svcadm enable network/ftp:default
To disable the ftp service, use the disable option as follows:
svcadm disable network/ftp:default
To verify the status of the service, type
The system displays the following:
STATE STIME FMRI online 16:07:08 svc:/network/ftp:default
The svcadm command allows the following subcommands:
The svcadm command can also be used to change milestones. In the following step by step, I'll use the svcadm command to determine my current system state (milestone) and then change the system default milestone to single-user.
At bootup, svc.startd retrieves the information in the service configuration repository and starts services when their dependencies are met. The daemon is also responsible for restarting services that have failed and for shutting down services whose dependencies are no longer satisfied.
svcs -x telnet
The results show that the service is not running:
svc:/network/telnet:default (Telnet server) State: disabled since Fri Sep 23 10:06:46 2005 Reason: Temporarily disabled by an administrator. See: http://sun.com/msg/SMF-8000-1S See: in.telnetd(1M) See: telnetd(1M) Impact: This service is not running.
I'll enable the service using the svcadm command as follows:
svcadm enable svc:/network/telnet:default
After enabling the service, check the status using the svcs command as follows:
# svcs -x telnet
The system responds with:
svc:/network/telnet:default (Telnet server) State: online since Fri Sep 23 10:20:47 2005 See: in.telnetd(1M) See: telnetd(1M) Impact: None.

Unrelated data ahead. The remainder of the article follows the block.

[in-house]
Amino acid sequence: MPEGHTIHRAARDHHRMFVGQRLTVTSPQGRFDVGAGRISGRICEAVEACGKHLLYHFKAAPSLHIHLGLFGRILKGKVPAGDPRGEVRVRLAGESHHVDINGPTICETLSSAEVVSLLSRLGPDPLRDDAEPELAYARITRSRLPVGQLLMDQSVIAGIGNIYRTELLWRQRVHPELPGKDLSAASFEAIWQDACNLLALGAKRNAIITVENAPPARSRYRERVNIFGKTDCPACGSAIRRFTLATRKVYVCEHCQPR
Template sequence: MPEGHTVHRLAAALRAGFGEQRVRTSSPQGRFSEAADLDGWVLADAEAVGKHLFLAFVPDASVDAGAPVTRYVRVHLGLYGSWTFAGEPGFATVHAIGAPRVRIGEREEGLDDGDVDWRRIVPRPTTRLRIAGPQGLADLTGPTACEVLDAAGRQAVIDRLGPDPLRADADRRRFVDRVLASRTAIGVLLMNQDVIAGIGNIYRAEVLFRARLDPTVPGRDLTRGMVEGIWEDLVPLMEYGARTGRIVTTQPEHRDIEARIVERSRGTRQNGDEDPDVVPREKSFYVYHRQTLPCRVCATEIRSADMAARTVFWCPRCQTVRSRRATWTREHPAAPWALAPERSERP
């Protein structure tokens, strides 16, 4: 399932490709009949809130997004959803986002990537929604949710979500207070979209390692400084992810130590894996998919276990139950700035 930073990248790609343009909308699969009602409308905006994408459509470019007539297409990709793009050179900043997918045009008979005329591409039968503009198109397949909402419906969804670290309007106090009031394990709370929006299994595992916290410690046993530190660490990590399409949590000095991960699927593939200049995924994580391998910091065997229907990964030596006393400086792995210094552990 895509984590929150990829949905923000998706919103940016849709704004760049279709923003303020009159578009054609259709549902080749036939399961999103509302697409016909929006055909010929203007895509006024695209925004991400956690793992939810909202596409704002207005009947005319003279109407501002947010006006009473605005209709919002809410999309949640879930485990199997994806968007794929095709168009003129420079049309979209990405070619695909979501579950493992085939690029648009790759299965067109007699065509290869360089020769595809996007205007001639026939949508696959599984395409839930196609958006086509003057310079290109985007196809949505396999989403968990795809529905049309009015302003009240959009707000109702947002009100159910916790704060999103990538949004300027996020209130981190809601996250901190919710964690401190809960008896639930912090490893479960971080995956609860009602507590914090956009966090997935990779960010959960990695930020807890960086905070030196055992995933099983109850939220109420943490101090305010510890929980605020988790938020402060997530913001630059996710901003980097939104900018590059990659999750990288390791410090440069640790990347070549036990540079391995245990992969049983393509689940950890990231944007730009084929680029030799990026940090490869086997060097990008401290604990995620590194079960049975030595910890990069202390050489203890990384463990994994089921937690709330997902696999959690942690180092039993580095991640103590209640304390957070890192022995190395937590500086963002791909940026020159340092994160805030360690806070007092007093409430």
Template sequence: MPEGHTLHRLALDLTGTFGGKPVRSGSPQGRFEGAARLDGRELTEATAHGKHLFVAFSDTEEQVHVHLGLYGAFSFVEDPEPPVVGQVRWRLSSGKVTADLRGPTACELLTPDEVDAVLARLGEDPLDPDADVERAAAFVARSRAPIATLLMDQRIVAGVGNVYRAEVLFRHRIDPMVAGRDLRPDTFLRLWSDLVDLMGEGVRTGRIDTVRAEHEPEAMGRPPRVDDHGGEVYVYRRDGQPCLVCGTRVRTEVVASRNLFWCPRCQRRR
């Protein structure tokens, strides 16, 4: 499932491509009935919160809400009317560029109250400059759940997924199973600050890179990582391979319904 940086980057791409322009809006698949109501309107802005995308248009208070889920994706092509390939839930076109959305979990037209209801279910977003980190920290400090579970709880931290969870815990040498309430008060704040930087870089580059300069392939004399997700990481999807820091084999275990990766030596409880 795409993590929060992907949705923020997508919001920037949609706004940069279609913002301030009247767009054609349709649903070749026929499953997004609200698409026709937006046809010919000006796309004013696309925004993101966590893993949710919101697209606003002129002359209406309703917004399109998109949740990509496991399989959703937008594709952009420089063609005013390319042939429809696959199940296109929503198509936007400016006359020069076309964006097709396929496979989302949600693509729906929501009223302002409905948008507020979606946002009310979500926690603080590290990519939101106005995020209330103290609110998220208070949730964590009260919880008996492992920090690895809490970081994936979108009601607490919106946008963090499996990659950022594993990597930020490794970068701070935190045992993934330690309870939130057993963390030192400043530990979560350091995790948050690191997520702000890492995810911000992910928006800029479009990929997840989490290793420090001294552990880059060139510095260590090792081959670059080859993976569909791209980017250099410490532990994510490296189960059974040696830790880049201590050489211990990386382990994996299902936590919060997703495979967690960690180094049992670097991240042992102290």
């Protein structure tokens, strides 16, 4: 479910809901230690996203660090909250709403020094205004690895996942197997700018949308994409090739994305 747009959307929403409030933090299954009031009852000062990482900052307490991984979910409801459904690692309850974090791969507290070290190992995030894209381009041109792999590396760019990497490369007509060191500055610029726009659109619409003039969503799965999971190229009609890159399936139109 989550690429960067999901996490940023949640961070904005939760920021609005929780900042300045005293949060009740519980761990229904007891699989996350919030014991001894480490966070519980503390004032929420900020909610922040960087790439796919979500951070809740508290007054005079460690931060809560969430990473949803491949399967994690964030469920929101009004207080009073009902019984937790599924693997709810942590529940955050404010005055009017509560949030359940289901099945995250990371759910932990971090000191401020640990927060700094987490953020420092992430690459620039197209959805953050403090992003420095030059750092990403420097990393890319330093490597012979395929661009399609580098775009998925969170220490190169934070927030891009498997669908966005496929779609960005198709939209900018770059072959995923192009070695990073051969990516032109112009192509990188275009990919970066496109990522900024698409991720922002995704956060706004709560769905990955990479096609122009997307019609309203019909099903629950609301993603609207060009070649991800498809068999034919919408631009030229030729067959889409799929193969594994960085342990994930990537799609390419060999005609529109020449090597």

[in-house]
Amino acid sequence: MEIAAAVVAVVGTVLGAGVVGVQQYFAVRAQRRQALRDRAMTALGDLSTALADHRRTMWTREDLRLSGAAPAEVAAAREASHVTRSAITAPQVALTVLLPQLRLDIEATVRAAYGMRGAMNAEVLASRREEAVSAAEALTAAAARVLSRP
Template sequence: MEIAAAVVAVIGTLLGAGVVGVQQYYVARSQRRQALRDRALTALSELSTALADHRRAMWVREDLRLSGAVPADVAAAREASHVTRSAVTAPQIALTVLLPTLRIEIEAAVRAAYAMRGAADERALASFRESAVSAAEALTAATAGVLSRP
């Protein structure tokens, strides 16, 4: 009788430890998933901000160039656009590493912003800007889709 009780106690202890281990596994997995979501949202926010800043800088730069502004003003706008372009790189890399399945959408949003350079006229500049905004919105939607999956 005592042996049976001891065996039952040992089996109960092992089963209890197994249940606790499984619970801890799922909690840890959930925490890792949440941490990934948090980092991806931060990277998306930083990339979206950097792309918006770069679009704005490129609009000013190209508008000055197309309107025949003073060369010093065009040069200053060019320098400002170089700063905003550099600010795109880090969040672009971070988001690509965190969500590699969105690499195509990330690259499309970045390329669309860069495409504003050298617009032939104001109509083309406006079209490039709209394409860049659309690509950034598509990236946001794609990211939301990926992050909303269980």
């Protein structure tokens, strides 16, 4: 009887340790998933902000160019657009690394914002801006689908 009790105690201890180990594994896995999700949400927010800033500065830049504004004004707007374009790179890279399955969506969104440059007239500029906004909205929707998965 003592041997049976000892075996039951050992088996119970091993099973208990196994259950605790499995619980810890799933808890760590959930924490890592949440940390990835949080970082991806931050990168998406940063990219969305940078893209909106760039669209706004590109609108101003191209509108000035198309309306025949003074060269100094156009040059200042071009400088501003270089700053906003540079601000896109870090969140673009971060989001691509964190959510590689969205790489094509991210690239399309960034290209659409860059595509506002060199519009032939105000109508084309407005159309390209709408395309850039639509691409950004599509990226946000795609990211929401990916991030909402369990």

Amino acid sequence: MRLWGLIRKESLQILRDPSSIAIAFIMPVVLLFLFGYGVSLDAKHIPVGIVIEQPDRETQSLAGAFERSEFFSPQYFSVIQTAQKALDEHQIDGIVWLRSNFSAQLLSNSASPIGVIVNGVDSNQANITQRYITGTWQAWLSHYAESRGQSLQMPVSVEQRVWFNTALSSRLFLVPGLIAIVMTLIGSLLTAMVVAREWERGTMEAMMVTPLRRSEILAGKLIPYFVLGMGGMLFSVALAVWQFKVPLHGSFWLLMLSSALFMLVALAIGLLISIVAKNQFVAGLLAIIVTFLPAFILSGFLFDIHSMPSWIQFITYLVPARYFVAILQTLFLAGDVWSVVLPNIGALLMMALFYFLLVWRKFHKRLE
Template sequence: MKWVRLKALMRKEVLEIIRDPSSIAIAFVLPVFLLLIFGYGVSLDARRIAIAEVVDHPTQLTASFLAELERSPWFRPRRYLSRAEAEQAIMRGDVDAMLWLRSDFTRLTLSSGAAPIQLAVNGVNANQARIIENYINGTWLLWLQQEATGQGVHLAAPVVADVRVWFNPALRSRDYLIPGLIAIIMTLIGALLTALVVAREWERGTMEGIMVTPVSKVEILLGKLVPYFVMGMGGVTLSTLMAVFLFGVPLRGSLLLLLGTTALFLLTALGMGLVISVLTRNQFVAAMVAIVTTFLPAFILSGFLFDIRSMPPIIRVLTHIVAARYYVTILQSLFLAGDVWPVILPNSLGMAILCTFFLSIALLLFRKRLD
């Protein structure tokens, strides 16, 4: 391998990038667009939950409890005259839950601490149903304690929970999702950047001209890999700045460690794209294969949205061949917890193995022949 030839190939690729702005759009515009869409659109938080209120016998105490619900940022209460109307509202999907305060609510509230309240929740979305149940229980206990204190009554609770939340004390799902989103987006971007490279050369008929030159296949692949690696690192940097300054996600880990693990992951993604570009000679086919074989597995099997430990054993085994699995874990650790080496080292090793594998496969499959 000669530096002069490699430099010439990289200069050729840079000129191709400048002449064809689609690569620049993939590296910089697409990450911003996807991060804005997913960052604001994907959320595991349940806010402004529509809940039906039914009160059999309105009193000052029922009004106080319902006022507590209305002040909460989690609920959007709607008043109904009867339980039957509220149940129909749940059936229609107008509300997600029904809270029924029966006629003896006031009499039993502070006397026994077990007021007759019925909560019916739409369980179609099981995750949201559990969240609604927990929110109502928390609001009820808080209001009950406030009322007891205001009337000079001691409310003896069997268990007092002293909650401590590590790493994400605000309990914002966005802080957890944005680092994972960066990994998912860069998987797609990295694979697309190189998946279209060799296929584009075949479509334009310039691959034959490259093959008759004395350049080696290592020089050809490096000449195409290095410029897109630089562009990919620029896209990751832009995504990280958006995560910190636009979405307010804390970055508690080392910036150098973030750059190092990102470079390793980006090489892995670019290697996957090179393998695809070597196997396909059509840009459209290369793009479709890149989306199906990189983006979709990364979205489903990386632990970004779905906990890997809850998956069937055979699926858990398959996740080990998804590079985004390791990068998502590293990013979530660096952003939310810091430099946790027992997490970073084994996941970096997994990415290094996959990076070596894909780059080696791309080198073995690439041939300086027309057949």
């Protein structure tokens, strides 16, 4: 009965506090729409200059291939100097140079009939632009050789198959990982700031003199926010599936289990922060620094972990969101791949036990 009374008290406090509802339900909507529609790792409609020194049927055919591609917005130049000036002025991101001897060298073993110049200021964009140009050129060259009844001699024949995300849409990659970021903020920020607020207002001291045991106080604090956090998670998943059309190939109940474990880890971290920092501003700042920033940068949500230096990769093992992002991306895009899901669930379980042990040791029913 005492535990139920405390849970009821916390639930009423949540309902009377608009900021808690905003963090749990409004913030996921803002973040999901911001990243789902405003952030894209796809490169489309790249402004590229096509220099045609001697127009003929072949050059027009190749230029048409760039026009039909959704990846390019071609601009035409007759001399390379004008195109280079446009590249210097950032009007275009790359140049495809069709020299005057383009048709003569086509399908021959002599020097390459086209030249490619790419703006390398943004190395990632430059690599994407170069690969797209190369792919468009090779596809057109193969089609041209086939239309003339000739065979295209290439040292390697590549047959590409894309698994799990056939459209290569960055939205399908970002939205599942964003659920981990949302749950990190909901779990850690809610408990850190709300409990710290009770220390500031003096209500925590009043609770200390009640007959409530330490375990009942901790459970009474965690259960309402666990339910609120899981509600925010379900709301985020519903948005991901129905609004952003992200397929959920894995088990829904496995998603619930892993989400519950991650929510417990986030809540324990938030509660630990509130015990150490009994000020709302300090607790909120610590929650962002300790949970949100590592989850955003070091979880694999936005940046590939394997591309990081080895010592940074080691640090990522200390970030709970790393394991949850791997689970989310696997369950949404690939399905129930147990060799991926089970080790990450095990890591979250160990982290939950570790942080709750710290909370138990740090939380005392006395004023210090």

Also, if a service that has been running but stops, try restarting the service using the svcadm restart command as follows:
svcadm restart svc:/network/telnet:default
Starting Services During Boot
Under SMF, the boot process is much quieter than previous versions of Solaris. This was done to reduce the amount of uninformative "chatter" that might obscure any real problems that might occur during boot.
Some new boot options have been added to control the verbosity of boot. One that you may find particularly useful is -m verbose, which prints a line of information when each service attempts to start up. This is similar to previous versions of Solaris where the boot messages were more verbose.
You can also boot the system using one of the milestones as follows:
boot -m milestone=single-user
The system will boot into single-user mode where only the basic services are started as shown when the svcs command is used to display services.
STATE STIME FMRI disabled 17:10:27 svc:/system/filesystem/local:default disabled 17:10:27 svc:/system/identity:domain disabled 17:10:27 svc:/system/sysidtool:net disabled 17:10:28 svc:/system/cryptosvc:default disabled 17:10:28 svc:/network/initial:default disabled 17:10:28 svc:/network/rpc/bind:default disabled 17:10:28 svc:/system/sysidtool:system disabled 17:10:28 svc:/milestone/sysconfig:default Output has been truncated . . . . .
This method of booting is slightly different than using the boot -s command. When the system is explicitly booted to a milestone, exiting the console administrative shell will not transition the system to multi-user mode, as boot -s does. To move to multi-user mode after boot -m milestone=single-user, use the following command:
svcadm milestone milestone/multi-user-server:default